Nunca Tarde – Album round-up (Irakere, Ëda Diaz, Maria Rita, Fer Franco and more)

By 04 March, 2024

Not as many as usual for you this month, which isn’t to suggest a paucity of good new music, but more perhaps that I am getting on top of things – for once in my life. Or… maybe I should be making this a bi-monthly column. Answers please on a postcard.

Grupo Irakere: Teatro Amadeo Roldan Recital (Mr. Bongo)

Last month, I flagged up Grupo Irakere’s eponymous 1976 album. Following hard on its heels, Mr. Bongo have now reissued the group’s debut album from two years previously as the third instalment of their new Cuban Classics series. It’s raw, rambunctious and a little rough around the edges, as befitting a debut and as exemplified by the semi-legendary opener, “Bacalao Con Pan”. It’s followed by the strange “Danza Ñañiga”, which sounds more like a Swamp Dogg production for an obscure southern soul label than the kind of thing we have come to associate with the island’s premier Afro-Cuban jazz outfit. But then they hit their stride with tracks like “Taka Taka Ta” and the percussion-laden “Misaluba” to show just why Irakere were destined for such big things.

Ëda Diaz: Suave Bruta (Airfono)

Here’s another worthy debut, this one from a young Franco-Colombian singer and classically trained pianist who found solace and experienced a kind of epiphany in taking up the double bass. “Without it I might not have devoted my life to music,” she confesses. Perhaps it was synonymous with all the Cuban tumbaos on which she was raised in the family home in Medellín. Quite apart from the electronic experimentation and production tricks, there’s a whole lot going on and a whole welter of influences (she takes her album title, for example, from a Joe Arroyo classic) in these 11 multifarious tracks, including a sample from the great Colombian big band leader, Lucho Bermudez. Despite Diaz’s lovely vocals, I confess that it has taken me a while to get into it. As a champion of the human touch rather than that of the machine, I was unsettled perhaps by the staccato electronic rhythms. I see now, though, just what an exciting and original talent this artist is. There’s something about Björk at her wackiest in Suave Bruta and the publicist’s description of the music as “haute-couture pop” is spot-on.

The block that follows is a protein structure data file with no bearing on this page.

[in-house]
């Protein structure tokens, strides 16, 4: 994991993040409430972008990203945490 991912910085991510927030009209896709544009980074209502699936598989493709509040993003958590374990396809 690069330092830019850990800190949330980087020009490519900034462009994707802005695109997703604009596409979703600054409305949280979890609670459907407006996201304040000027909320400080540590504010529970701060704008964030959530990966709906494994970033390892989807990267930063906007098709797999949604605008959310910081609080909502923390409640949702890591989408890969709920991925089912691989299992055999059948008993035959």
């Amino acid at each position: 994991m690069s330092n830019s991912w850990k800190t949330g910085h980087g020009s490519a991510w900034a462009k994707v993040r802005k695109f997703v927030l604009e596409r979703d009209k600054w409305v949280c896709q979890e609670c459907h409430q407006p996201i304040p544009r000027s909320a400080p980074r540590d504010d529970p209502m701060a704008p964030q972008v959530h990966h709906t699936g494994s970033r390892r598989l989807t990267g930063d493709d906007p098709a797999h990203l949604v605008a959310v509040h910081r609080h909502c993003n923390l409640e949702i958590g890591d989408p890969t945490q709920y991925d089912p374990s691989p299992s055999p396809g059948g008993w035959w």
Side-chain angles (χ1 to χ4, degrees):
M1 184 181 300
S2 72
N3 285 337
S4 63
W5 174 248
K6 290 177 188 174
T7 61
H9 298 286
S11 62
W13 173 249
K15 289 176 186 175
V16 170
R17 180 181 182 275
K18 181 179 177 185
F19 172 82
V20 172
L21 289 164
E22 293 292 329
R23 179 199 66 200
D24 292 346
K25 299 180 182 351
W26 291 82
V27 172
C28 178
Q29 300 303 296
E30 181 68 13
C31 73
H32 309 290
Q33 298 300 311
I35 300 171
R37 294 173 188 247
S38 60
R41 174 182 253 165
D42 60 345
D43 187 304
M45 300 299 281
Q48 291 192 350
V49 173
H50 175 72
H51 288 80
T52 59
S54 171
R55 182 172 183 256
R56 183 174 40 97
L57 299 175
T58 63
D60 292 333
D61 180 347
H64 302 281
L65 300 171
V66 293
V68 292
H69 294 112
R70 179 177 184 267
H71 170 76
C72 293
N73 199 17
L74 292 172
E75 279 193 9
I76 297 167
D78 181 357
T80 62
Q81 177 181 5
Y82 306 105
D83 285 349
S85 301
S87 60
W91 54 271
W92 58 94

Various Artists: Merengue Típico: Nueva Generación (Bongo Joe Records)

This rousing compilation of exuberant accordion-rich meringue was assembled by Xavier Daive, or Funky Bompa as he’s known to his associates, for the way-out wacky Swiss label. The Belgian vinyl hunter rifled the crates of post-Trujillo-era Dominican Republic for 7” gems from the ‘60s and ‘70s representing a golden era of meringue típico. The genre has a long and distinguished history and listening to these traditional-sounding 10 cuts, one can’t help but feel the connection with, say, Colombian vallenato music, to which Ëda Diaz’s grandmother would probably have introduced her. It’s exhilarating good-time music that tends to coalesce (upliftingly), so it’s not easy to pick out individual highlights – suffice to mention the first single from the compilation, Fefita La Grande’s “Caña Brava”. Unusually in a world dominated by male lead instrumentalists, she was a pioneering female accordionist – who is still performing today as an octogenarian, now calling herself La Mayimba.